Weekly Roundup

Tom Peace at ActiveHistory writes about public engagement in archaeology. Of particular interest is the public archaeology program at Fortress Louisbourg National Historic Site that encourages active participation in digs.

Nature and Scientific American report on their global survey on attitudes towards science and scientists (also here) which purports to investigate cultural differences among “scientifically literate” respondents from various countries, and suggests (surprise!) that being scientifically informed does not necessarily mean sharing scientists’ views.

Andrew Dobson at openDemocracy weighs in on what makes a good climate-change novel. (Hint: “There must be lots of weather – preferably wild and wet.”)

iRobot: People now telecommute by robot.

Wildlife filmmaker and producer Chris Palmer spills the beans about widespread industry fakery in a new tell-all book; despite our continued trust in nature shows, by now this should come as no surprise.…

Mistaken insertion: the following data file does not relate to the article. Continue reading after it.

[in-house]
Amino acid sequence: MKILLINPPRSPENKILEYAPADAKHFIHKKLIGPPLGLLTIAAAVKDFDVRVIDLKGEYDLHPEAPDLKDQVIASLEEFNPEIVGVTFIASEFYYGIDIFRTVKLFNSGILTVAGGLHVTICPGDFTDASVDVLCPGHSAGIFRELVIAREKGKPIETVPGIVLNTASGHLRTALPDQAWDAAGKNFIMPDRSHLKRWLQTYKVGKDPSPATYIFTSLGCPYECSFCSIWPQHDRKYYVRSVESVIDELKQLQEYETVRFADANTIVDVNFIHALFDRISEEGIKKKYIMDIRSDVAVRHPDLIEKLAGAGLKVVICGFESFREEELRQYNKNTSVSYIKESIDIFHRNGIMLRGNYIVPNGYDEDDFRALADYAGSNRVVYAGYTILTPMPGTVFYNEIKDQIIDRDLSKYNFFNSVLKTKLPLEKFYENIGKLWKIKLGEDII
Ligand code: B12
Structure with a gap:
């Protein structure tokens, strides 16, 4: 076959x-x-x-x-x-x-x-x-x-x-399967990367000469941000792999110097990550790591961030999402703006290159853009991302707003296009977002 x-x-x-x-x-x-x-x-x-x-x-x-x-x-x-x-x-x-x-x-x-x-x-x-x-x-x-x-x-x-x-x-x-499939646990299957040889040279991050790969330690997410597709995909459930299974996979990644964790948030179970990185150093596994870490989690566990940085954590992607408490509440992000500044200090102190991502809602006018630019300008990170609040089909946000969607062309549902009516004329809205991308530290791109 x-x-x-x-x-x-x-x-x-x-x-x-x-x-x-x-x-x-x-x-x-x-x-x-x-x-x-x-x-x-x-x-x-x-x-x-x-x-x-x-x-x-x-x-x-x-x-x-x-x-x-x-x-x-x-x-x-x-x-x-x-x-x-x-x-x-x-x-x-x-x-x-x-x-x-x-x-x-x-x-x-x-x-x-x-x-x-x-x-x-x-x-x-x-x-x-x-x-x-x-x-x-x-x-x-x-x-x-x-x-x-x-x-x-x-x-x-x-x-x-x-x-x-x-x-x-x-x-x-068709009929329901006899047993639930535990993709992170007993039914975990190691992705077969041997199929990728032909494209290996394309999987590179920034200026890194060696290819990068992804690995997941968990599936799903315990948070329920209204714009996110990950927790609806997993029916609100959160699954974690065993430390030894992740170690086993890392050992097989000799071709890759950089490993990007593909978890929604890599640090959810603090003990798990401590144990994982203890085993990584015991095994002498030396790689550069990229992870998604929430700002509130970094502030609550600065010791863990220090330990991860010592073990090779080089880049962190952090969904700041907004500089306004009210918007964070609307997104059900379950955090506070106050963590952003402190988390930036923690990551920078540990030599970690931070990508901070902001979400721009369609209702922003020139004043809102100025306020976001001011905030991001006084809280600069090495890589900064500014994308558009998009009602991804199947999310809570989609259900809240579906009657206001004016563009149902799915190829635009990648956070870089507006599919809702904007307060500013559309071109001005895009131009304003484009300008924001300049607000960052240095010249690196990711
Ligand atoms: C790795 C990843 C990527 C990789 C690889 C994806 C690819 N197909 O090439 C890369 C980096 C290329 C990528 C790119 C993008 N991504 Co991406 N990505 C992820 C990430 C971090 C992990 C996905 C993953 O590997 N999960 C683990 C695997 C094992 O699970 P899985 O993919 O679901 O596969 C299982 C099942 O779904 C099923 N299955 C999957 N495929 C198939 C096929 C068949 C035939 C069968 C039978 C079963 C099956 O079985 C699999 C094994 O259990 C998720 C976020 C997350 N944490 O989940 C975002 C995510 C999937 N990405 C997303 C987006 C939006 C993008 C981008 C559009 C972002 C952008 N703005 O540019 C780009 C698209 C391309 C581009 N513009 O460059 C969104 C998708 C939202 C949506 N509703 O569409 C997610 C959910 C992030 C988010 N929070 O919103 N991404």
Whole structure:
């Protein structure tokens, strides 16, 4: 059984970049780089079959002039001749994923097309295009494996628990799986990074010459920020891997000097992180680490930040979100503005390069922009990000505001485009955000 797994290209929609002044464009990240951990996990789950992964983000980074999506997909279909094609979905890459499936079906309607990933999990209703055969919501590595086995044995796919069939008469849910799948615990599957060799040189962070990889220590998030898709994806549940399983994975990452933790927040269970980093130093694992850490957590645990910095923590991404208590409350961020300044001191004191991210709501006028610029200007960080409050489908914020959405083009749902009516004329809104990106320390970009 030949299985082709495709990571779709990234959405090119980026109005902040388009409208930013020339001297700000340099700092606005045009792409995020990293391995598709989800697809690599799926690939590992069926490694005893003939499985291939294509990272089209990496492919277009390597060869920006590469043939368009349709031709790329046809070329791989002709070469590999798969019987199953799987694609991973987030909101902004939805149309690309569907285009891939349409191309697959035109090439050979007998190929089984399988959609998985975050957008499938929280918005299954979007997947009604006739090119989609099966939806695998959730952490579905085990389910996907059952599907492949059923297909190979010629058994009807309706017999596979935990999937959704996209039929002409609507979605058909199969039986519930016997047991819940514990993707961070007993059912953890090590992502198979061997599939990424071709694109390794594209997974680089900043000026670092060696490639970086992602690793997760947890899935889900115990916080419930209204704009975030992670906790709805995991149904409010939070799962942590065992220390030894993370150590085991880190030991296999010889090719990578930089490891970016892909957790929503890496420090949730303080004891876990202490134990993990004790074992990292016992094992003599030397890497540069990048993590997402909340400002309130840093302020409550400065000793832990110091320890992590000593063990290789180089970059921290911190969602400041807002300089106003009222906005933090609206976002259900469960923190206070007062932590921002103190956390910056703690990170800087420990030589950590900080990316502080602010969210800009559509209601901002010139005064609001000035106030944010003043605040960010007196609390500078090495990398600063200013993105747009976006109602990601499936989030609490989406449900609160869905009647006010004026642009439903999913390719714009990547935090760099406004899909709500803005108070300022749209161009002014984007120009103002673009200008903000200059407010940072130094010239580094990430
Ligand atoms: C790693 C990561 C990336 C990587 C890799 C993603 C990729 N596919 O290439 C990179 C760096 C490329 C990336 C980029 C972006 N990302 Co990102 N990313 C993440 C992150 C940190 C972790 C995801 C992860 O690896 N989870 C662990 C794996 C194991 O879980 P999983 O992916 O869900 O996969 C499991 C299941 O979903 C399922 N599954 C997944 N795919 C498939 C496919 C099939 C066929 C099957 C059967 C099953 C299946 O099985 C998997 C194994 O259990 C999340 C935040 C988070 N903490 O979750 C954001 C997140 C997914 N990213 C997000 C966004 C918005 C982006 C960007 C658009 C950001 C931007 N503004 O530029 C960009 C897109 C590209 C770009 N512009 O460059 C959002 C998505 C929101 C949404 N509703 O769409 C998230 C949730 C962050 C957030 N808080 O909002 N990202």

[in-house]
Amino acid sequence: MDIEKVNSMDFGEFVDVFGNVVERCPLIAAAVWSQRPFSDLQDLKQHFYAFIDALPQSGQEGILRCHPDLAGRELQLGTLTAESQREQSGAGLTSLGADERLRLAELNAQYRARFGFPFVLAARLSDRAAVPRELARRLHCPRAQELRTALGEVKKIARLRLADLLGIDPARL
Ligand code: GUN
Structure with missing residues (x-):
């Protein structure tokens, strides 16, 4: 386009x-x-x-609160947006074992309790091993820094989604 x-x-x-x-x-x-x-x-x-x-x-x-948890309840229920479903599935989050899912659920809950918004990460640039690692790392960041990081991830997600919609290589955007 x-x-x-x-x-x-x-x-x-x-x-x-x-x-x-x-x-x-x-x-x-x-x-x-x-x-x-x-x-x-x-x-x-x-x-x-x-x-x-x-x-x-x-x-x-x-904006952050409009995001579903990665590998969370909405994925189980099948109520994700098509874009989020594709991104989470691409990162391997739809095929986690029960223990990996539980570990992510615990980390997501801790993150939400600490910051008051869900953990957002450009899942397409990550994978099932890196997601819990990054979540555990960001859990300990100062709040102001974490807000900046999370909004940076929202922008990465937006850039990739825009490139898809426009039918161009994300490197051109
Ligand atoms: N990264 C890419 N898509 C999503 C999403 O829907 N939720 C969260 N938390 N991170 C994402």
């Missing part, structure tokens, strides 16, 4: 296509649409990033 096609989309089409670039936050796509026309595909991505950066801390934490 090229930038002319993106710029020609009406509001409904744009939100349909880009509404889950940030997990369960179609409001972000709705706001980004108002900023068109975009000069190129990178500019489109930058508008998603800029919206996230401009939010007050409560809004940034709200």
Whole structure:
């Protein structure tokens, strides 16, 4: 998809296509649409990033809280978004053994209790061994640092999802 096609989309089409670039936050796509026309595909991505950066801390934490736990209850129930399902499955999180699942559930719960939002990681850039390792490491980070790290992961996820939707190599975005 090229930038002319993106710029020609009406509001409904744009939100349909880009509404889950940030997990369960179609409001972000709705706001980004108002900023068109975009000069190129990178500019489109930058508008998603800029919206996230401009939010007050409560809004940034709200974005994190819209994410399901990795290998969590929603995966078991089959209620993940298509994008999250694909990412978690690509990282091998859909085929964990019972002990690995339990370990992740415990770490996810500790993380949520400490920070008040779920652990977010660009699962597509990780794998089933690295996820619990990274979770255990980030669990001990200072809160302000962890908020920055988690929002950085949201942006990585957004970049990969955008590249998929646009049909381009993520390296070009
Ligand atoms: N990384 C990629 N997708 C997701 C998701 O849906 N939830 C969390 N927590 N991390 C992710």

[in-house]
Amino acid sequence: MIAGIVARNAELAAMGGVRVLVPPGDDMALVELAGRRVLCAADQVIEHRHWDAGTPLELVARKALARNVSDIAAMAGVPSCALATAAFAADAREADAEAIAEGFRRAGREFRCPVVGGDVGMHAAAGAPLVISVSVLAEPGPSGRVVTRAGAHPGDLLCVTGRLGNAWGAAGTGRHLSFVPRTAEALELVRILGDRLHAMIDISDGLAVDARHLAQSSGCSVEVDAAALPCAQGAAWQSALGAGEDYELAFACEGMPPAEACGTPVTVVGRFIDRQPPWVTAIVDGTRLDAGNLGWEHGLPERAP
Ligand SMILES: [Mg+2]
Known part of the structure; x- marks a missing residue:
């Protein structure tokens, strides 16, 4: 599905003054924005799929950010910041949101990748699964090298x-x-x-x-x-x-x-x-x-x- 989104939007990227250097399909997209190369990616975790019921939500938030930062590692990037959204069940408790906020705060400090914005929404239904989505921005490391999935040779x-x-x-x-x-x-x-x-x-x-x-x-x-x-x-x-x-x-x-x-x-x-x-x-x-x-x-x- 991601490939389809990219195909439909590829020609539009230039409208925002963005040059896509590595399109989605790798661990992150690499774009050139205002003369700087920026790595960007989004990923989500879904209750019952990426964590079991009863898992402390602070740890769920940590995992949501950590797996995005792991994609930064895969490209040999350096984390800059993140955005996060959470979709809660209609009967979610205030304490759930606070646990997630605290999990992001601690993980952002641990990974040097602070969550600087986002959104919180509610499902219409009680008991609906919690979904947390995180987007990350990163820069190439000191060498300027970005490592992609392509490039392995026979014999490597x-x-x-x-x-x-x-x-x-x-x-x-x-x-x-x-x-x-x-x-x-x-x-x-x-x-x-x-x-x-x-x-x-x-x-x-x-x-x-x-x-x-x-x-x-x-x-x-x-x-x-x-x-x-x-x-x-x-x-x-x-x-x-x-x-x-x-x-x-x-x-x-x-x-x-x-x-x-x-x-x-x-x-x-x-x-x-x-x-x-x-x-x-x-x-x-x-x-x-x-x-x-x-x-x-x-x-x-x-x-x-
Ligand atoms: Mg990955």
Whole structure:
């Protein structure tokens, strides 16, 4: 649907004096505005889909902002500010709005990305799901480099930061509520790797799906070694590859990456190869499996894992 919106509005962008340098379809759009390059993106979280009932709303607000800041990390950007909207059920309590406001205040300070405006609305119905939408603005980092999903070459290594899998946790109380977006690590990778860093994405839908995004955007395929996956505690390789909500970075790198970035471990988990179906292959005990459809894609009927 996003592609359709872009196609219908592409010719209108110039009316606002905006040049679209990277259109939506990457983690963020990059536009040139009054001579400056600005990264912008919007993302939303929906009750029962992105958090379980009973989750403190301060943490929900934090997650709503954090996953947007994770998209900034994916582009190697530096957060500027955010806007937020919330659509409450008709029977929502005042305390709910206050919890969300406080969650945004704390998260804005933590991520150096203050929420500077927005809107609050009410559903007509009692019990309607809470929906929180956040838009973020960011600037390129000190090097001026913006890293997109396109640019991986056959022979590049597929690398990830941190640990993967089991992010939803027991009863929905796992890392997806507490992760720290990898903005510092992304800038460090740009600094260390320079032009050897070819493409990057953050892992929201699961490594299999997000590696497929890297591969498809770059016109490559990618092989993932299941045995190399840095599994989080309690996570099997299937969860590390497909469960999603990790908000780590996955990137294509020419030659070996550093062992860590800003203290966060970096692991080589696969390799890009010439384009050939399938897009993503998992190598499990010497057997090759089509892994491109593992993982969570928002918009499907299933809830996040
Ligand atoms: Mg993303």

Weekly Roundup

Anthony Gottlieb writes on (via) what philosophers of science call the “pessimistic induction“, scientists’ unwillingness to acknowledge fallibility, and what we should make of it.

Paul B. Thompson challenges the “standard narrative” of GE crops, which claims they were uncontroversially accepted in the United States but faced vigorous opposition in Europe.

Kalman Applbaum has a review of Carl Elliott’s White Coat, Black Hat: Adventures on the Dark Side of Medicine, which centers on interviews of disillusioned pharmaceutical industry researchers.

Roger Pielke, Jr. discusses a recent study on how people react to experts and scientific consensus based on “cultural considerations”.

Margaret Munro reports on the Canadian government’s “muzzling” of scientists.

Billionaires from Kansas bankroll effort to derail greenhouse gas legislation in California.…